See how Object2.Index3 Seek + Object2.Index4 Lookup have become Object2.Index5 Seek. And in theory, that should be cheaper for SQL Server, so what is it thinking about? has it got crazy or something?

Not really.

 
Keep digging

Query plans are good for performance tuning but these are not the only tools we need to look at. Another great tool is STATISTICS IO and STATISTICS TIME being the latter a bit more ~ish in some aspects but in general both is what I use all the time to tune SQL.

The output for these two queries is

/*
(2619 row(s) affected)
Table 'Object2'. Scan count 0, logical reads 150702, physical reads 0, read-ahead reads 0, lob logical reads 0, lob physical reads 0, lob read-ahead reads 0.
Table 'Object3'. Scan count 0, logical reads 76737, physical reads 0, read-ahead reads 0, lob logical reads 0, lob physical reads 0, lob read-ahead reads 0.
Table 'Object4'. Scan count 9, logical reads 64938, physical reads 0, read-ahead reads 0, lob logical reads 0, lob physical reads 0, lob read-ahead reads 0.
Table 'Worktable'. Scan count 0, logical reads 0, physical reads 0, read-ahead reads 0, lob logical reads 0, lob physical reads 0, lob read-ahead reads 0.
Table 'Worktable'. Scan count 0, logical reads 0, physical reads 0, read-ahead reads 0, lob logical reads 0, lob physical reads 0, lob read-ahead reads 0.

(1 row(s) affected)

 SQL Server Execution Times:
   CPU time = 19716 ms,  elapsed time = 2632 ms.

(2619 row(s) affected)
Table 'Object3'. Scan count 0, logical reads 76735, physical reads 0, read-ahead reads 0, lob logical reads 0, lob physical reads 0, lob read-ahead reads 0.
Table 'Object4'. Scan count 9, logical reads 64938, physical reads 0, read-ahead reads 0, lob logical reads 0, lob physical reads 0, lob read-ahead reads 0.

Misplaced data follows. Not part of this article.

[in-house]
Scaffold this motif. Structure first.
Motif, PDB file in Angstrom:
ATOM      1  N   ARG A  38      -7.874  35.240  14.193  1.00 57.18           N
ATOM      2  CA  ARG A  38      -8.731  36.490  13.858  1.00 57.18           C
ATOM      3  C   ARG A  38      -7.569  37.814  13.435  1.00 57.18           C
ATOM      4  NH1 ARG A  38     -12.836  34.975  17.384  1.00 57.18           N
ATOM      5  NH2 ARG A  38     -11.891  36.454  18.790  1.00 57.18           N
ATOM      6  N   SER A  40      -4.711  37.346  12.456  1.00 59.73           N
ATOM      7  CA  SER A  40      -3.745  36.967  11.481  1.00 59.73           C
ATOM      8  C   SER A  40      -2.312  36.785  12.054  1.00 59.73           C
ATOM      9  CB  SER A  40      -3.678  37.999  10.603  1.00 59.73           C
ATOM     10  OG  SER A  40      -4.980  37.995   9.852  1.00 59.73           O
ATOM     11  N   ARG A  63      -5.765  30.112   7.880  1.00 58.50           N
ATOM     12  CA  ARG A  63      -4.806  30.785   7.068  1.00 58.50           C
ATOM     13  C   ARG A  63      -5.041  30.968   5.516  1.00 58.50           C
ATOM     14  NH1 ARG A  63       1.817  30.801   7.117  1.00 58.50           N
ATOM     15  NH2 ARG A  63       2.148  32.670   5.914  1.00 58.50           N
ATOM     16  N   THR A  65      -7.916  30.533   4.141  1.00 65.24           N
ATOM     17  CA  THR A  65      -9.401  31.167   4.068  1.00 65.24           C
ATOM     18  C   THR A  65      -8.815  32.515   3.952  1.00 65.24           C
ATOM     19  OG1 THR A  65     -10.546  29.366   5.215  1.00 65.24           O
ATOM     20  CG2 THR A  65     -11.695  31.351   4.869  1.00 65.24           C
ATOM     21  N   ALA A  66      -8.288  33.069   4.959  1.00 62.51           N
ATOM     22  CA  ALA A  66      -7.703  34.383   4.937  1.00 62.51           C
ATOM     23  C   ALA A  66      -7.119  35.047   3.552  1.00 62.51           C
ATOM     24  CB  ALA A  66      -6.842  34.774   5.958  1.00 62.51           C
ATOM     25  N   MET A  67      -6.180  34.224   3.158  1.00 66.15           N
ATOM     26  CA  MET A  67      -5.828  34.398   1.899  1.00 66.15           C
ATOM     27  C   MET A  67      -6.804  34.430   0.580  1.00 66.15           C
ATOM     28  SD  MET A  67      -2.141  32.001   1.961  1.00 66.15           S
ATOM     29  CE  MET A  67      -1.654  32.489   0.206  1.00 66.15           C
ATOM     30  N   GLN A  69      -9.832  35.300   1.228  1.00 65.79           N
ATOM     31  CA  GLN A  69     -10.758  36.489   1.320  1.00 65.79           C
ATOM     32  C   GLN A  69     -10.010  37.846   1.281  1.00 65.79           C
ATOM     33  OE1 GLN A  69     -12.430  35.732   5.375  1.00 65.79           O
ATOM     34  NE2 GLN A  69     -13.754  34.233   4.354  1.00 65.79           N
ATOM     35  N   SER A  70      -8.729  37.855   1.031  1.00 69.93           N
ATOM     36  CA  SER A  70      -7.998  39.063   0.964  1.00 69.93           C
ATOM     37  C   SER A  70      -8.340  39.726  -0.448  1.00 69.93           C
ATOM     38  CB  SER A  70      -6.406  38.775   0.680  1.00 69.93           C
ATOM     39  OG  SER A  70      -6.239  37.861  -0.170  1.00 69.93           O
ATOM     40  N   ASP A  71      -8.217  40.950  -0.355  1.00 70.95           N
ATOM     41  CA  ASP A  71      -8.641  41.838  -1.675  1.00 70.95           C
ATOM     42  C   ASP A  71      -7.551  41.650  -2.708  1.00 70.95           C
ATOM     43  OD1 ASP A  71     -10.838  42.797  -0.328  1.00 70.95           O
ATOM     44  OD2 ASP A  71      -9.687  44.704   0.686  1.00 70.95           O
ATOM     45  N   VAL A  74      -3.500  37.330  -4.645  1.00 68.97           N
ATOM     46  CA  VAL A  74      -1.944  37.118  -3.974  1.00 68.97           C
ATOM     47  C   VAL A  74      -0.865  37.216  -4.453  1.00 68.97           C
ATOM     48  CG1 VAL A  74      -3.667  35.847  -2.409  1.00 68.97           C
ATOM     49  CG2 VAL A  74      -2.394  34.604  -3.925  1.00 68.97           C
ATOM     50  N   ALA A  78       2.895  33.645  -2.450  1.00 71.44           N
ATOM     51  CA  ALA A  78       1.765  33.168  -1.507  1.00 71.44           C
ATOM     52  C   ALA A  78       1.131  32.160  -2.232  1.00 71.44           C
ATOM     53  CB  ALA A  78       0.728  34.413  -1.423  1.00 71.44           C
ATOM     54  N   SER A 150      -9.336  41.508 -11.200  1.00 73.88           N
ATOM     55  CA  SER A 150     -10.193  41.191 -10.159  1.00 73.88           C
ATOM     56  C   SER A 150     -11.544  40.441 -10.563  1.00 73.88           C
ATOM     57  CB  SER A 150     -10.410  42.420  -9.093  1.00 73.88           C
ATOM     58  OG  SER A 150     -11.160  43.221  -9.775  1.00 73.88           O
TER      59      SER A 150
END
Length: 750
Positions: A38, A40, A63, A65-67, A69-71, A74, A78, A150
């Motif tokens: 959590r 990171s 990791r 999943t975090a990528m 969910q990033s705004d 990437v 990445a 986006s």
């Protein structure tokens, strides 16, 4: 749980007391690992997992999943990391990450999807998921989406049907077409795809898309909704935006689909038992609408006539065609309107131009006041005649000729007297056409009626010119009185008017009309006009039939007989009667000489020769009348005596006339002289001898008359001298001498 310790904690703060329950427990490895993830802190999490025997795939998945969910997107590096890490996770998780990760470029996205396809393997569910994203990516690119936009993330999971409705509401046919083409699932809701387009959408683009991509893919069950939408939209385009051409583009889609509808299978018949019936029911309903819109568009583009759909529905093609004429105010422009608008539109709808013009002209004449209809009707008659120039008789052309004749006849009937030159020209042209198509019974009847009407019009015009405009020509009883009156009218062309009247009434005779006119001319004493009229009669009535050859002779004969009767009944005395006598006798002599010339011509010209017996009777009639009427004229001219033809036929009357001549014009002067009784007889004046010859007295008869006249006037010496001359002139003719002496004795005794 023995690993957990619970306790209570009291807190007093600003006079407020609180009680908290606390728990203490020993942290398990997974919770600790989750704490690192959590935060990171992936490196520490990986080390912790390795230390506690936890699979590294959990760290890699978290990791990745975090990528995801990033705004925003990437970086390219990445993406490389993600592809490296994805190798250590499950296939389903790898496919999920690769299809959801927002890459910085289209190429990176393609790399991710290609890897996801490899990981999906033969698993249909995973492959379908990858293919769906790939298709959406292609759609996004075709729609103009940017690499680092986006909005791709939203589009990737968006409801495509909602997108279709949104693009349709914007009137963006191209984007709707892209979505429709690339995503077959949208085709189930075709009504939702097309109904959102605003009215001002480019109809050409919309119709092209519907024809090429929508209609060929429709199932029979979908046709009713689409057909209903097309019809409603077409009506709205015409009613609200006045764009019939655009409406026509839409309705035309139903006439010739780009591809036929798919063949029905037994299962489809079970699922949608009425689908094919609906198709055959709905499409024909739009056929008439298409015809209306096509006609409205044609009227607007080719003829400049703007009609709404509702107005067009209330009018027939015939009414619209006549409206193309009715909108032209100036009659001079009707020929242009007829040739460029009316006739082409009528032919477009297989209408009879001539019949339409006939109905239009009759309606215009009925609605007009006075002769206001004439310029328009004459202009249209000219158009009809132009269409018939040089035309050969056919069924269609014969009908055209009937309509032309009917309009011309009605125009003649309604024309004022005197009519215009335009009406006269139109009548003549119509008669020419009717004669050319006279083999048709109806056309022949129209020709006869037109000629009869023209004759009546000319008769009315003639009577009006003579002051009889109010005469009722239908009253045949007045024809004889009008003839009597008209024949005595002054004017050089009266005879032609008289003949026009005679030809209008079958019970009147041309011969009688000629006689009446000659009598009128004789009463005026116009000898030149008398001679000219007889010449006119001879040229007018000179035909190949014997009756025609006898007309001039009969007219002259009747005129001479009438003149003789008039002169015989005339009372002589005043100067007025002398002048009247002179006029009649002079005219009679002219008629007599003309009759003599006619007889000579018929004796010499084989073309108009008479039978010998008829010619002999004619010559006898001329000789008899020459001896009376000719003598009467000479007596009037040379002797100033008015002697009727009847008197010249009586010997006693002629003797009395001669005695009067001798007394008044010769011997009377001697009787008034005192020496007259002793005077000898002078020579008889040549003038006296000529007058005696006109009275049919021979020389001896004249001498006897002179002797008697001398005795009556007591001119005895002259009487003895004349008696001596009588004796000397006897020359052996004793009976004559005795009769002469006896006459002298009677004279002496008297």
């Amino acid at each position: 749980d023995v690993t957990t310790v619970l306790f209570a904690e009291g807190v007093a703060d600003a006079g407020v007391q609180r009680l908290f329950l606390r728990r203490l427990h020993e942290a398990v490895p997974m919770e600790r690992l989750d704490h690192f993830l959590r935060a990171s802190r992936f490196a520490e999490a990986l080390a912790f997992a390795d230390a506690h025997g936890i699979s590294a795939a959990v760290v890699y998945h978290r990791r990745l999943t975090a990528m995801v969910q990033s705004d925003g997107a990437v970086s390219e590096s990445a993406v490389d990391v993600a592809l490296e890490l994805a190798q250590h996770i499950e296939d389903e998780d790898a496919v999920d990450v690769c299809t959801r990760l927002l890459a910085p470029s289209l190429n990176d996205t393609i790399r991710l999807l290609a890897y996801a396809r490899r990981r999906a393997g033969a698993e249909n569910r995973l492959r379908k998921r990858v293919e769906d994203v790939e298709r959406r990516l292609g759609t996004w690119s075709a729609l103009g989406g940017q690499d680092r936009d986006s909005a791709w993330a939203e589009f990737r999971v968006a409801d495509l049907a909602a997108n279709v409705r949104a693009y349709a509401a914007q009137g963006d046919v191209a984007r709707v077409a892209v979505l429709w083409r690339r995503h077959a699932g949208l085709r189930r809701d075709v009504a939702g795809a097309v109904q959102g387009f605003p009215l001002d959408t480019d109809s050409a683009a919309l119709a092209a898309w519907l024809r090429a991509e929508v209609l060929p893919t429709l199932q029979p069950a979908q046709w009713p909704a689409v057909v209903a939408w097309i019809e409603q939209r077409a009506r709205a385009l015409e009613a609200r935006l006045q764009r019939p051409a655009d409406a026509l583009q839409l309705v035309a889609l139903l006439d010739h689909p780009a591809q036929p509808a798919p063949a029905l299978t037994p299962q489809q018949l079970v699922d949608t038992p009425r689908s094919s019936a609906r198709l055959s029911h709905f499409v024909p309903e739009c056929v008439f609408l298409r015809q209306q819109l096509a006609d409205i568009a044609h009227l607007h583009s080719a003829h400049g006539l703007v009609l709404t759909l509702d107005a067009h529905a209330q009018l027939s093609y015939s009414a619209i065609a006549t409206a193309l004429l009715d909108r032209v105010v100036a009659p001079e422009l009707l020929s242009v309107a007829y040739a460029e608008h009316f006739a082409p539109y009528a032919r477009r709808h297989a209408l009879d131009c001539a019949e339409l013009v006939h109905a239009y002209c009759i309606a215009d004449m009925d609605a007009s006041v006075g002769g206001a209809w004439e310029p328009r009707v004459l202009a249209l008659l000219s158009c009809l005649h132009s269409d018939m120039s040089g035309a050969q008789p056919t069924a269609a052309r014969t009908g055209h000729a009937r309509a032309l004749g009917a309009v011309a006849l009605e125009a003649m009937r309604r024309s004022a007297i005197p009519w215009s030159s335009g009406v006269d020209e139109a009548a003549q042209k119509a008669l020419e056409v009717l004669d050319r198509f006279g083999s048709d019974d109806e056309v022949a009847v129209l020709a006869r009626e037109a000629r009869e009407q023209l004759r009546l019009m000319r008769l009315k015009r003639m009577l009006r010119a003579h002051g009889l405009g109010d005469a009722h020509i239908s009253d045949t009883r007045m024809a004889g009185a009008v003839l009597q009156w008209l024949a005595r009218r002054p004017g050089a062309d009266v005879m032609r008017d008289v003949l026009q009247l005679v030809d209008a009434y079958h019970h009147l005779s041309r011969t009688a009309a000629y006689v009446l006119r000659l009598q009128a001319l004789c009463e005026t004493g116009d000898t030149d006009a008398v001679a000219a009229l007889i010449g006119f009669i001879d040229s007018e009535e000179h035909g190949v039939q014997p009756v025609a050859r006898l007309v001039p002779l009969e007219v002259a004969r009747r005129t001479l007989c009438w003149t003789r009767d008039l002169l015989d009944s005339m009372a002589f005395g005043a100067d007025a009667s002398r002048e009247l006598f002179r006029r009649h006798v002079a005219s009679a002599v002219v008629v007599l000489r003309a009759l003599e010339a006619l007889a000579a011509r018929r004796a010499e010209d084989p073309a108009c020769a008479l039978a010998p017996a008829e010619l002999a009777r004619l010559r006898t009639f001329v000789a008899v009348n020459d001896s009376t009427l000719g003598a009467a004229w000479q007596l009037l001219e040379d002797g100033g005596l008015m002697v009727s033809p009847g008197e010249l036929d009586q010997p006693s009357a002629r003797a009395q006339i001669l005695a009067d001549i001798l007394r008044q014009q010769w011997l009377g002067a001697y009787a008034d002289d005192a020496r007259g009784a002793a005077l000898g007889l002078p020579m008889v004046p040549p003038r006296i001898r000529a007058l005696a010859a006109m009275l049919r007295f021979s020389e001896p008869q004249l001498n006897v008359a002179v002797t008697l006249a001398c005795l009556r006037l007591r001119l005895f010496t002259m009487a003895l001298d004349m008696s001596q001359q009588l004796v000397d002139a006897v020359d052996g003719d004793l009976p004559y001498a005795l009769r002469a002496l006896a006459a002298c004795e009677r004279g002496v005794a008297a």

Table 'Object2'. Scan count 9, logical reads 293220, physical reads 0, read-ahead reads 0, lob logical reads 0, lob physical reads 0, lob read-ahead reads 0.
Table 'Workfile'. Scan count 0, logical reads 0, physical reads 0, read-ahead reads 0, lob logical reads 0, lob physical reads 0, lob read-ahead reads 0.
Table 'Worktable'. Scan count 0, logical reads 0, physical reads 0, read-ahead reads 0, lob logical reads 0, lob physical reads 0, lob read-ahead reads 0.
Table 'Worktable'. Scan count 0, logical reads 0, physical reads 0, read-ahead reads 0, lob logical reads 0, lob physical reads 0, lob read-ahead reads 0.

(1 row(s) affected)

 SQL Server Execution Times:
   CPU time = 24297 ms,  elapsed time = 3071 ms.
*/

If we use StatisticsParser we get a much prettier picture


 
In the first query (the optimizer’s choice) the biggest table have nearly half the reads, including both indexes the one to seek and the lookup.

Forcing SQL to use the covering index in this case does not help, as it needs almost double the effort to satisfy the same query.

 
The big Gotcha